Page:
Area first-time home buyers got a big lift with the announcement on Feb. 6 of a $60 million down payment assistance program expected to stoke home sales and stabilize home values in 21 targeted zip codes in West Tennessee including many in the Memphis area.
Tennessee Housing Development Agency executive director Ralph M. Perrey announced the Hardest Hit Fund – Down Payment Assistance (HHF-DPA) program at a press conference in Frayser on Monday.
“This is something we’ve been working on for a long time because we have recognized that there are still neighborhoods in Memphis that have not recovered as fully from the Great Downturn, and we wanted to be a part of that solution and put some dollars together,” said Perrey.
“The idea here that neighborhood investment requires more than investment; it requires the presence of an invested owner.”
The event was held at a once-blighted model home at 3309 Riney Street. Frayser Development Corp. restored the house after it sat vacant for more than nine years and was eventually condemned. The 1,200-square-foot home is now on the market for $64,500.
Home buyers who purchased a home in certain targeted ZIP codes of the city using THDA’s Great Choice Home Loan program can apply for $15,000 in HHF-DPA assistance toward the down payment and closing costs in the form of a forgivable second mortgage loan.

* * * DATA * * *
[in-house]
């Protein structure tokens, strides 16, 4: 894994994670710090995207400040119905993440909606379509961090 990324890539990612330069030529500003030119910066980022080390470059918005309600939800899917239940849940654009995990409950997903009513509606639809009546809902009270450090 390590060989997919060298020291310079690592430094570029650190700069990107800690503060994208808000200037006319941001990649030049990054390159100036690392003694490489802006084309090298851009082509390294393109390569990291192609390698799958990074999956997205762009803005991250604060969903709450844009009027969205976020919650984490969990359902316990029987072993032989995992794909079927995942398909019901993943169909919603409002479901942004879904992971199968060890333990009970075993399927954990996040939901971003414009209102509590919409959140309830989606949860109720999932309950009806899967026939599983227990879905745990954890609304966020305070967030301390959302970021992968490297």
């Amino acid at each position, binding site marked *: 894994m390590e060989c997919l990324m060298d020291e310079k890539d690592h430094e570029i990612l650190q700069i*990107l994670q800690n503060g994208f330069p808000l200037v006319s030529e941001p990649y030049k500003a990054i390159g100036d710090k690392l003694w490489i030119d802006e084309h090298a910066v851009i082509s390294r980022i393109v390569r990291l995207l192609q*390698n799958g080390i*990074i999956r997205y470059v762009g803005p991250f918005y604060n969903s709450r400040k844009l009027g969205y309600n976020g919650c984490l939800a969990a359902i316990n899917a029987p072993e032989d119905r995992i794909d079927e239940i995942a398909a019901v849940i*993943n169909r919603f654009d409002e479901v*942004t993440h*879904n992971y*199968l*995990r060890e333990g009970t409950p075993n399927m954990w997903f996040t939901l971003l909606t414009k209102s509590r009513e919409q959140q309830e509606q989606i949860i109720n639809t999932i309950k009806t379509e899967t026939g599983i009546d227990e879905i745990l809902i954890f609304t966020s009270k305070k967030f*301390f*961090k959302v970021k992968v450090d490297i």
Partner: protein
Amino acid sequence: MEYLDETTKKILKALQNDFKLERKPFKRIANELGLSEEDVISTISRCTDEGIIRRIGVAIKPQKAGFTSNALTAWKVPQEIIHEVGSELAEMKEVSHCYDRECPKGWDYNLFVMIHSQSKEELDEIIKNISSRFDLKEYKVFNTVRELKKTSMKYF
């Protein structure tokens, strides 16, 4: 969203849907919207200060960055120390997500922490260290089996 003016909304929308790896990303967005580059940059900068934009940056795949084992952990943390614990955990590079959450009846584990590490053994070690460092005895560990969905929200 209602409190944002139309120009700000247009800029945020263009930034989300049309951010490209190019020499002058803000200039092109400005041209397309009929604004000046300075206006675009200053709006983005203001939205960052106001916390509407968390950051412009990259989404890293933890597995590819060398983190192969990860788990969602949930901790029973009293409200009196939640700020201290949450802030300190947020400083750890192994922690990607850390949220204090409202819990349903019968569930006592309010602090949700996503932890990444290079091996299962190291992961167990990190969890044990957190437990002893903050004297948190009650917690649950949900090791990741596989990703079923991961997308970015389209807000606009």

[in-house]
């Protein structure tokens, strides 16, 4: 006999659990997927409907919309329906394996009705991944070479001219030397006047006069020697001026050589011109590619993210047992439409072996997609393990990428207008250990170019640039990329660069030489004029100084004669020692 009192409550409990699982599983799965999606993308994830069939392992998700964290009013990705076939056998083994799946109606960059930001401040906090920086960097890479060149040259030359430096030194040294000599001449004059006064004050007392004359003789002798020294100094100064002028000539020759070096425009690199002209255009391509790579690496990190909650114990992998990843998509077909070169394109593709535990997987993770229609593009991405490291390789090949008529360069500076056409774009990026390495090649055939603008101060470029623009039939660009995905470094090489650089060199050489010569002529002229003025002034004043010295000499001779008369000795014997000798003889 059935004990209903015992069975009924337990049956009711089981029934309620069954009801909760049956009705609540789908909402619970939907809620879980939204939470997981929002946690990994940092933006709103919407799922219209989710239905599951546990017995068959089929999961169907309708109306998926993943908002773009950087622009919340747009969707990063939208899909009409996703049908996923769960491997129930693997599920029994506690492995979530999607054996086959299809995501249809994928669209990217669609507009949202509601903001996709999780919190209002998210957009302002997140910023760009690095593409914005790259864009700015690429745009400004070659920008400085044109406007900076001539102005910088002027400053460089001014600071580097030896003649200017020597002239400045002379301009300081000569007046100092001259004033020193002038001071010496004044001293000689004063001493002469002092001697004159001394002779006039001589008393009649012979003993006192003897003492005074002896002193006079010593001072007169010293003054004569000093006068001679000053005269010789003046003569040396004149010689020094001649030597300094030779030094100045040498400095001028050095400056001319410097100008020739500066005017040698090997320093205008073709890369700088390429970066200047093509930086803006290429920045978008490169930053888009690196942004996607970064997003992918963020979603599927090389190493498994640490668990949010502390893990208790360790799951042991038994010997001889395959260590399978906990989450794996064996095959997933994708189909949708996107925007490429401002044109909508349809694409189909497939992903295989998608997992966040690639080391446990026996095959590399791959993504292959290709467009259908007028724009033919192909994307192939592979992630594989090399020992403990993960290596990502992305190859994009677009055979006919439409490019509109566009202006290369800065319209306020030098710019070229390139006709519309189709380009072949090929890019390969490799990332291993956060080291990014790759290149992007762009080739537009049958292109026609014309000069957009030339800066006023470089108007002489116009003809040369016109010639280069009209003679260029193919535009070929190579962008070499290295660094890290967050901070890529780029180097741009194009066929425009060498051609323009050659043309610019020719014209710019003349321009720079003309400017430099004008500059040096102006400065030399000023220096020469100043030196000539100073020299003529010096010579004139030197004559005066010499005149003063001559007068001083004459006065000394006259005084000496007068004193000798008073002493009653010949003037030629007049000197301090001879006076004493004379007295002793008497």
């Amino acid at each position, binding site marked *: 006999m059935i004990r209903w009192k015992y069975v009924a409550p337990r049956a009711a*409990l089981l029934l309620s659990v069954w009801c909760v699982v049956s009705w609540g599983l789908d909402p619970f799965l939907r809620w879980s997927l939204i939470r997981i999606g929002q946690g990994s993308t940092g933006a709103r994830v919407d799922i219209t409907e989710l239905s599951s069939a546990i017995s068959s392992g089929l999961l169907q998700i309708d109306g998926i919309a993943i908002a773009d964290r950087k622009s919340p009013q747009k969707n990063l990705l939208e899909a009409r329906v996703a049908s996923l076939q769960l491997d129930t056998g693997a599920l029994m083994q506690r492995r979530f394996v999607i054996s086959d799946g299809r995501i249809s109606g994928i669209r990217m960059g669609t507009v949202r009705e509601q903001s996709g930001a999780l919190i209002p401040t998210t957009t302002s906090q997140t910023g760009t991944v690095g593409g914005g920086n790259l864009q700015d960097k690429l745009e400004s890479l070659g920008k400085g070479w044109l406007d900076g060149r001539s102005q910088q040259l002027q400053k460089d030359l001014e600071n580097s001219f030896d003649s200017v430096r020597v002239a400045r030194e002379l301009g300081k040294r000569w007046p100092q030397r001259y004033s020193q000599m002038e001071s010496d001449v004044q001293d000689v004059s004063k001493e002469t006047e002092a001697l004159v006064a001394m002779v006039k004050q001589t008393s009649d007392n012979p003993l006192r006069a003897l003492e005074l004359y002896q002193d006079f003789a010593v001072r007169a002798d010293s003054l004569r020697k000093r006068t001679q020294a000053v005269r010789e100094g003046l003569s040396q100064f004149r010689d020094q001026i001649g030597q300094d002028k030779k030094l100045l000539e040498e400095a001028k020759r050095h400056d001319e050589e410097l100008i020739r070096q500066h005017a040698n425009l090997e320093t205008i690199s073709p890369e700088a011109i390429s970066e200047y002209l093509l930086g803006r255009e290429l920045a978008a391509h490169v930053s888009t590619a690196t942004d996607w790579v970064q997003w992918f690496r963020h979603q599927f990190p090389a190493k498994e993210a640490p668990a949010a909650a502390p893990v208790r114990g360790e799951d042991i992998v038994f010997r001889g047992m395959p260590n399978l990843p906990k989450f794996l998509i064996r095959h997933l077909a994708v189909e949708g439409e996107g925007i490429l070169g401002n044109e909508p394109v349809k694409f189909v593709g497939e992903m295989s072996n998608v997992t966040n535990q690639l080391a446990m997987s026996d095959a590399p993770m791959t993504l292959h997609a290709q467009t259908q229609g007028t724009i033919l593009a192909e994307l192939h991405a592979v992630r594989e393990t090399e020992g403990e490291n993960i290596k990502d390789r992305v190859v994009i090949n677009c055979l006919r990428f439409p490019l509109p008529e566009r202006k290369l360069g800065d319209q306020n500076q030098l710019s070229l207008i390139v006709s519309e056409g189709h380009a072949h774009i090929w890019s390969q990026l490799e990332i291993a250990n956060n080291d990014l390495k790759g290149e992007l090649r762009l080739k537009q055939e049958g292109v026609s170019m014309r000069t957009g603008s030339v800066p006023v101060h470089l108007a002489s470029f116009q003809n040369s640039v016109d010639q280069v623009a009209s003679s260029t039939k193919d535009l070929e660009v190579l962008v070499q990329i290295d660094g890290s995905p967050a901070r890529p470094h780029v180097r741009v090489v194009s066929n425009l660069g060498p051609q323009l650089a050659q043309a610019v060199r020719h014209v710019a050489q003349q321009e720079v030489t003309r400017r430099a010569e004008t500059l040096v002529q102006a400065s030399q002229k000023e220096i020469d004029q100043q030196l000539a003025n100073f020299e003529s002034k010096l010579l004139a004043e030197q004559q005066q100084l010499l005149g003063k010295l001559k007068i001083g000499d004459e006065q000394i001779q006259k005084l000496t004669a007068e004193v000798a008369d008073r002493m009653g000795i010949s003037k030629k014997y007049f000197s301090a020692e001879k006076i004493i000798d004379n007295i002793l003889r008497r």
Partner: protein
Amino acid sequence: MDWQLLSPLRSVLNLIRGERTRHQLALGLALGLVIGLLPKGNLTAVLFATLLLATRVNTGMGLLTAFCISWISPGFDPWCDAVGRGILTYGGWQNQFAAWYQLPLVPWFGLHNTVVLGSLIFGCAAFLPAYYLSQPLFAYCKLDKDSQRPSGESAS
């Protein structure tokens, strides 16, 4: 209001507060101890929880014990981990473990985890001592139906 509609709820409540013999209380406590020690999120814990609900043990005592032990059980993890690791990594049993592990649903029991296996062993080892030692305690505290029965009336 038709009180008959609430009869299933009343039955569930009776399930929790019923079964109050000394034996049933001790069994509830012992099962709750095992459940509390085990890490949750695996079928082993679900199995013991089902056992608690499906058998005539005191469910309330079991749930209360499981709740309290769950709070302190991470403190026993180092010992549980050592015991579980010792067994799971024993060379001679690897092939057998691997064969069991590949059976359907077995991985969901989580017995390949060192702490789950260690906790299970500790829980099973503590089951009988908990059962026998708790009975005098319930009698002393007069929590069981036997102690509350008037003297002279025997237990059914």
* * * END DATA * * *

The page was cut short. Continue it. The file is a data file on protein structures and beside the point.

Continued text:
There are no monthly payments on the second mortgage loan during its ten-year term, and it does not accrue any interest. THDA will forgive 20 percent of the second mortgage loan each year starting in year six. Buyers must live in the home and not refinance, sell or move out during the ten years to reap the full benefit.
Another housing assistance program was developed last year by the City of Memphis through the Division of Housing and Community Development, and it allows individuals and families who earn less than 200 percent of the area median income to access up to $10,000 towards the purchase of a new home in 14 ZIP codes in Memphis.
Approximately $500,000 was allocated to support the effort in July of 2016, and the city has already helped more than 65 families purchase homes in the inner city of Memphis.
“We’ve utilized nearly all of the funds for this program in only a few short months,” said City of Memphis Mayor Jim Strickland. “It shows there is a big demand to purchase homes in our community and more resources are needed.
The more stable our neighborhoods become, the more our tax base grows, the more families move into stabilized neighborhoods, educational outcomes increase, and ideally we have less crime and blight due to new homeowners in the community with a vested interest.”